Beyond the morally repgunant racist motivations that eugenics is most commonly associated with, eugenicist arguments have often been used against LGBT+ individuals. Are you born gay? Is it nature vs nurture? Is it something you can be seduced into? Is there a gay gene? While there is an element of natural curiosity into how one comes to be, the wide ranging evidence of homosexual practice through human history and in the natural world8 suggests that this difference isn’t something we should be concerned about. Instead, there’s always part of me that thinks this sort of inquiry has the potential for danger, if there is a gay gene does that mean that ‘designer babies’ could be created that aren’t gay. Alan Turing has been honoured by naming the UK’s national institute for data science after him as a result of his developments in computational mathematics, and his renowned cryptographic efforts during World War II breaking the Enigma machine. In 1952 he was convicted of indecency for homosexual activity and accepted a sentence of chemical castration, the taking of oestrogen to suppress his libido and induce impotence. This conviction ended his role as a government code breaker, and increased police surveillance of him and his activities. In 1954 he committed suicide aged 41. While the posthumous honour of naming the Alan Turing Institute after him, it does not bring back a man that contributed so much and could have contributed so much more, and whose death is the indirect result of legal practices influenced by eugenicist thinking. In 2017 some 20 countries in Europe still had laws requiring trans individuals to undergo sterilisation before a European Court of Human Rights judgement ruled that this was a violation of their human rights.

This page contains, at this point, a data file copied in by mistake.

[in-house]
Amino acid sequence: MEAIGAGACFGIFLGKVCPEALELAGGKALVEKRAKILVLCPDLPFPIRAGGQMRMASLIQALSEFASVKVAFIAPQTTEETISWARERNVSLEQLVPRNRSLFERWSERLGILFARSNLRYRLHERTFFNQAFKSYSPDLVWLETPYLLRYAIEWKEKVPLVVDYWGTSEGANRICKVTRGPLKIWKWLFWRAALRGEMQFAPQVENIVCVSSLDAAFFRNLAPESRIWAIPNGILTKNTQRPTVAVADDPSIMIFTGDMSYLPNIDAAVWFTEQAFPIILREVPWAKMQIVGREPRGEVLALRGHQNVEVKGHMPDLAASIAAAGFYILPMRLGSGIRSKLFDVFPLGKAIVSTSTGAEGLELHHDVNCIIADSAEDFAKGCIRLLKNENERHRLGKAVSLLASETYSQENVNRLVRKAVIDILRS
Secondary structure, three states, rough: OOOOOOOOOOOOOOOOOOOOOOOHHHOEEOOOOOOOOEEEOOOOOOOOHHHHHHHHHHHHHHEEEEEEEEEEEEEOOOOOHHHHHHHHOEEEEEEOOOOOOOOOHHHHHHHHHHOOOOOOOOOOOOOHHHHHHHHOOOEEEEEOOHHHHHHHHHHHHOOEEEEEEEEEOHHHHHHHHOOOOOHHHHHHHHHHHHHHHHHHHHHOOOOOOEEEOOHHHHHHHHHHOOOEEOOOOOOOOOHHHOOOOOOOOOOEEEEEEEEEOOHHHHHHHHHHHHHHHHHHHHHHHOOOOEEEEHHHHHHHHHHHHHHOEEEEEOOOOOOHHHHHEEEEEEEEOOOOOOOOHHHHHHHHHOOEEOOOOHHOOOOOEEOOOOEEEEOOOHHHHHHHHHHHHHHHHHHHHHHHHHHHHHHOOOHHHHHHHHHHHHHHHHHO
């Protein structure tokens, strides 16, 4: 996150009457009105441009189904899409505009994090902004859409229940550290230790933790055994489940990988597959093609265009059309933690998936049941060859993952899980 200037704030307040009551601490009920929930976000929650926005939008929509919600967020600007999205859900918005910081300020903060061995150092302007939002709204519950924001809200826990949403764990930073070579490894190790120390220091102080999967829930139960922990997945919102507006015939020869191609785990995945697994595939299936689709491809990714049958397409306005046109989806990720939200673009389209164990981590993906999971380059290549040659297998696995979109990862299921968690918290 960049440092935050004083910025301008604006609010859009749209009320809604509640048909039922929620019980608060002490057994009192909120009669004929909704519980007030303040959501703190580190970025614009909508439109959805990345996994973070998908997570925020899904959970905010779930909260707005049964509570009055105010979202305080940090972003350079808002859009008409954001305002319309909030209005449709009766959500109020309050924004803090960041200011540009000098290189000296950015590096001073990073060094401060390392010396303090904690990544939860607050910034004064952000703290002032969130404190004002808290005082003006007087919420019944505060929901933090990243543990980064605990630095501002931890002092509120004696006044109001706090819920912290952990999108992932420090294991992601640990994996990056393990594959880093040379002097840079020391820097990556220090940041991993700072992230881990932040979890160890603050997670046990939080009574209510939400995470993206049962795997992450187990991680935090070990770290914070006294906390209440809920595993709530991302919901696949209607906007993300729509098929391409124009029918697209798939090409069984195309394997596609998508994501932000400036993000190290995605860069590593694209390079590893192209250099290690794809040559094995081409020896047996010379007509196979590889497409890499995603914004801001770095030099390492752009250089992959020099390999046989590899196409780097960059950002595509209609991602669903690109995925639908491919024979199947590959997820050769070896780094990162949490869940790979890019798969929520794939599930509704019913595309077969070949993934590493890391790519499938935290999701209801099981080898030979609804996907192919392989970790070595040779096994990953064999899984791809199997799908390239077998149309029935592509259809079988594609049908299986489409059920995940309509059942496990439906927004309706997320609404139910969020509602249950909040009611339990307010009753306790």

So again, while I am proud to be an out gay data scientist, I cannot ignore the complexity of my profession’s history: that some of its most prominent men have been involved in some very disturbing science, science that has been used to, or influenced, the persecution of others like me. I reflected in the earlier section about whether I’d be one of those colonial administrators, so I should reflect on whether 100 years ago would my passion for statistics and social geography would have lead me down the route of joining these eugenicists. I hope not, I hope that my interest in social and urban geography would have led me more down the route of Charles Booth and Seeboham Rowntree9.
The pride flag shown here is the “Progress Pride” flag by Daniel Quasar an updating of Gilbert Baker’s well-known 6-stipe flag to add representation for trans and non-binary individuals, queer people of colour and those in the community who have been lost through violence and disease. ↩︎
While talking of correlation, it’s also worth noting that the ‘other’ correlation coefficient (Spearman’s rank correlation) is also named after another British eugenicist, Charles Spearman, a contemporary of Pearson’s. ↩︎
Pearson K and Moul M (1925) “The problem of alien immigration into Great Britain, illustrated by an examination of Russian and Polish Jewish children” Annals of Eugenics 1(1): 5-54 doi:10.1111/j.1469-1809.1925.tb02037.x ↩︎
Weiss, SF (2010) “After the Fall: Political Whitewashing, Professional Posturing, and Personal Refashioning in the Postwar Career of Otmar Freiherr von Verschuer” Isis 101(4)722-758. doi:10.1086/657474, via Wikipedia ↩︎